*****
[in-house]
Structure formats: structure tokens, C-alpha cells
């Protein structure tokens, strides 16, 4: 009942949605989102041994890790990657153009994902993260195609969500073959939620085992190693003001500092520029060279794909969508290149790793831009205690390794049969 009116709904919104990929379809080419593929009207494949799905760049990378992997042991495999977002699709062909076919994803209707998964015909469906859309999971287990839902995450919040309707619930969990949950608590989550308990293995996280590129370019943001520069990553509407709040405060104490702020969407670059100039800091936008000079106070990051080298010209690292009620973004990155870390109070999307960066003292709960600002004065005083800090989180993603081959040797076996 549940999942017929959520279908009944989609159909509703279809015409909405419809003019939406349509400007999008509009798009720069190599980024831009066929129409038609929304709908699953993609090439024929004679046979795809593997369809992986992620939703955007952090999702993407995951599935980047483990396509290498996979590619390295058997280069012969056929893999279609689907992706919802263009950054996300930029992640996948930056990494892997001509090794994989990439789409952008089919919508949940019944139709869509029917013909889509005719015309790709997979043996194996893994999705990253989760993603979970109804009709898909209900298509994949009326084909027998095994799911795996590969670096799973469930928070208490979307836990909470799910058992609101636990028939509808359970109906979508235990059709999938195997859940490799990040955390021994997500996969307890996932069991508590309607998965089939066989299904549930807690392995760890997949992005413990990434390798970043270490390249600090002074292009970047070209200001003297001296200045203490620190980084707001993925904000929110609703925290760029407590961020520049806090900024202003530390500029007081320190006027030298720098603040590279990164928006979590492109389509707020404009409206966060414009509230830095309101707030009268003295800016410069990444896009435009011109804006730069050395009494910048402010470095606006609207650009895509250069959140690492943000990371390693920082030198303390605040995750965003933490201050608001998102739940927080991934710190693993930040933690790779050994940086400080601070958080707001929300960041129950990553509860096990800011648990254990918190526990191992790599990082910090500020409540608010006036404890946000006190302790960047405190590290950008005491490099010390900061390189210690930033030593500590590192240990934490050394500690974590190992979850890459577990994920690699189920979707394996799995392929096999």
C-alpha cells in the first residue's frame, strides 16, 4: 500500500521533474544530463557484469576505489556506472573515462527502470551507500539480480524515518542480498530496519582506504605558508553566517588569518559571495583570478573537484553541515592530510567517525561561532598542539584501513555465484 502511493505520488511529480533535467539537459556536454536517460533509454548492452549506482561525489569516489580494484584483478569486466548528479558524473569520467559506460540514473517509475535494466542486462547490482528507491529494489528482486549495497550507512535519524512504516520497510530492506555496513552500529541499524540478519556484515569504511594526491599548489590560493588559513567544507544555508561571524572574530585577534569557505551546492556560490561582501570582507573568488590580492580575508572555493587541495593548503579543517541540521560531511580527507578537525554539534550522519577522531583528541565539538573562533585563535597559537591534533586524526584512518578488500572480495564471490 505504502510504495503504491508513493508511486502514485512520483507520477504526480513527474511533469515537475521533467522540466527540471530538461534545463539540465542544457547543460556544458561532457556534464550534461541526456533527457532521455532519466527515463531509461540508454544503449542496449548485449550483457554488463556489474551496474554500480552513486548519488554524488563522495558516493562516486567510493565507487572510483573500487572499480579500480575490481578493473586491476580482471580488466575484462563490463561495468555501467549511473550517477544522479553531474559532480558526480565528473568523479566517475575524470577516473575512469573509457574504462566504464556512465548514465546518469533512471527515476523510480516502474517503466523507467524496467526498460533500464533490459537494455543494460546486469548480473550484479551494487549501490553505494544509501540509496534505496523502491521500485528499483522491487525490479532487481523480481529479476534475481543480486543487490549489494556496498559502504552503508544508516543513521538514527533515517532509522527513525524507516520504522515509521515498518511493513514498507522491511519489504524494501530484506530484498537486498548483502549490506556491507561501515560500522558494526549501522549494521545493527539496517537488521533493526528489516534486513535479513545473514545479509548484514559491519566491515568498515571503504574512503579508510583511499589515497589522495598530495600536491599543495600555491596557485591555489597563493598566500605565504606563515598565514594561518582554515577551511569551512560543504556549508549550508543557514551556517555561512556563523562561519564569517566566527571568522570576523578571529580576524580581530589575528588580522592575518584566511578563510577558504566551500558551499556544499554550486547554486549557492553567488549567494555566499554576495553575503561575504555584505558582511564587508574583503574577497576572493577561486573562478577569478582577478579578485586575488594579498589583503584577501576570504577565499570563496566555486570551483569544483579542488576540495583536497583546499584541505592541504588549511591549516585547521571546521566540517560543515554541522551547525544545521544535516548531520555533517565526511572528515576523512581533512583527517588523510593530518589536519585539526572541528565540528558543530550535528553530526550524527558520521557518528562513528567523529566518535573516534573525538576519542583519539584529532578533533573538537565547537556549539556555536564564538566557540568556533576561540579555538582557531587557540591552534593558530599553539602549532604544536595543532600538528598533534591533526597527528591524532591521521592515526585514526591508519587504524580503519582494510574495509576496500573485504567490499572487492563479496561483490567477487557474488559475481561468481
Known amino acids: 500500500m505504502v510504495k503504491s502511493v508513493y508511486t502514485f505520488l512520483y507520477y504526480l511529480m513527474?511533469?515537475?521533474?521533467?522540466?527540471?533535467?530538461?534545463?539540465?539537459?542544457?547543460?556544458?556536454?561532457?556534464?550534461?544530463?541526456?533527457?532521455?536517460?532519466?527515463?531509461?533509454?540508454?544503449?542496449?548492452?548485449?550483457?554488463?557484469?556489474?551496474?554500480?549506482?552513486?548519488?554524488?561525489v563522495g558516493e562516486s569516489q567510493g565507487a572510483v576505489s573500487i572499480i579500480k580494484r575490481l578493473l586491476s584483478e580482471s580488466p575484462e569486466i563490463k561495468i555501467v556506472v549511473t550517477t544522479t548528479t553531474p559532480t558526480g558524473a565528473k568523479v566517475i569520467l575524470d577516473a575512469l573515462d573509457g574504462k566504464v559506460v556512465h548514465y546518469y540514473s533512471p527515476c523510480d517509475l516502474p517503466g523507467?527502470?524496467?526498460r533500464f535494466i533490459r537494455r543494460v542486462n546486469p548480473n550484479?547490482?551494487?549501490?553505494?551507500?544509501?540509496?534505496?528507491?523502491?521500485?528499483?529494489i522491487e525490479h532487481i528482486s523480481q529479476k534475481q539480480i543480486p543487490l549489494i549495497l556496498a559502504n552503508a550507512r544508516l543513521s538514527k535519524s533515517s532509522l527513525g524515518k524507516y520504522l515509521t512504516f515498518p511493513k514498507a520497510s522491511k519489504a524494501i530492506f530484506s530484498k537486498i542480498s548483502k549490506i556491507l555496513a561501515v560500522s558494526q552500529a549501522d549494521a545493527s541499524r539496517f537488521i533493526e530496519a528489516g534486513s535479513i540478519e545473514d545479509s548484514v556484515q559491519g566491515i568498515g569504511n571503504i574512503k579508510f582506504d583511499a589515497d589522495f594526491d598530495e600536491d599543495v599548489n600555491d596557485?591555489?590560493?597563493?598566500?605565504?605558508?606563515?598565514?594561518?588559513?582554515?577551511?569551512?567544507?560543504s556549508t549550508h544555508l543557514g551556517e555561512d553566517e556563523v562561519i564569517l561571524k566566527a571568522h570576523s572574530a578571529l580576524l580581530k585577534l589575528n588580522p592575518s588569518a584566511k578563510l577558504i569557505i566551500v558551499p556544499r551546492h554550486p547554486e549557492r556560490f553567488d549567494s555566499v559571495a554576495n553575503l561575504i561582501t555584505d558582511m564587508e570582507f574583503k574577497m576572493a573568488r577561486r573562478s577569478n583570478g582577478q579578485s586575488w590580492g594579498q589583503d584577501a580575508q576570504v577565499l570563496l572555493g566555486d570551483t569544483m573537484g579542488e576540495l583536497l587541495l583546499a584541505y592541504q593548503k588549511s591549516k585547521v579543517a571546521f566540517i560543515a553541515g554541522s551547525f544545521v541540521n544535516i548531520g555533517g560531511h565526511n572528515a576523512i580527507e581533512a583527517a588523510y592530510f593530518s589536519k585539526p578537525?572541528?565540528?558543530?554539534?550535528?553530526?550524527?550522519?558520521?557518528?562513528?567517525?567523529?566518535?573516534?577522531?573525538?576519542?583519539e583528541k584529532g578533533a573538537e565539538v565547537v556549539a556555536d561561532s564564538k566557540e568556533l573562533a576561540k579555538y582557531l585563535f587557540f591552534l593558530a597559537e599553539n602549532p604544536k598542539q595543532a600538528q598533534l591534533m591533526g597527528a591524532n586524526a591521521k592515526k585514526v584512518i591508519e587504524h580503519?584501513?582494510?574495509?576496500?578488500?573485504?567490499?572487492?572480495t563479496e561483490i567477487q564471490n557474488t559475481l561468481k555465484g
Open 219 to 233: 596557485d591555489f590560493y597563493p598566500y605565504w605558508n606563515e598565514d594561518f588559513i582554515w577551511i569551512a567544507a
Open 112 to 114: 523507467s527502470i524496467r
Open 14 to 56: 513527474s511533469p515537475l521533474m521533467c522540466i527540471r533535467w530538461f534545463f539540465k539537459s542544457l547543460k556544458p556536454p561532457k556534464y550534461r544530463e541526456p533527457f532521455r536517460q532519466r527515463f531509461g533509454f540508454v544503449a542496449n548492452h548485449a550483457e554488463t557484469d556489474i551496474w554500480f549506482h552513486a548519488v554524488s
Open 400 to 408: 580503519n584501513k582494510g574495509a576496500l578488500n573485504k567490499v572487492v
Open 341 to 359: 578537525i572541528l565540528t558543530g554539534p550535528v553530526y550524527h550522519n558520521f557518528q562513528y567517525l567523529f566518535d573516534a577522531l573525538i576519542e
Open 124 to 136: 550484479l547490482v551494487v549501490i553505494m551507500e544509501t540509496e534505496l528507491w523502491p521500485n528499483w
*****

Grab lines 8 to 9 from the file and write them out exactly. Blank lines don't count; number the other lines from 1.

Open 14 to 56: 513527474s511533469p515537475l521533474m521533467c522540466i527540471r533535467w530538461f534545463f539540465k539537459s542544457l547543460k556544458p556536454p561532457k556534464y550534461r544530463e541526456p533527457f532521455r536517460q532519466r527515463f531509461g533509454f540508454v544503449a542496449n548492452h548485449a550483457e554488463t557484469d556489474i551496474w554500480f549506482h552513486a548519488v554524488s
Open 400 to 408: 580503519n584501513k582494510g574495509a576496500l578488500n573485504k567490499v572487492v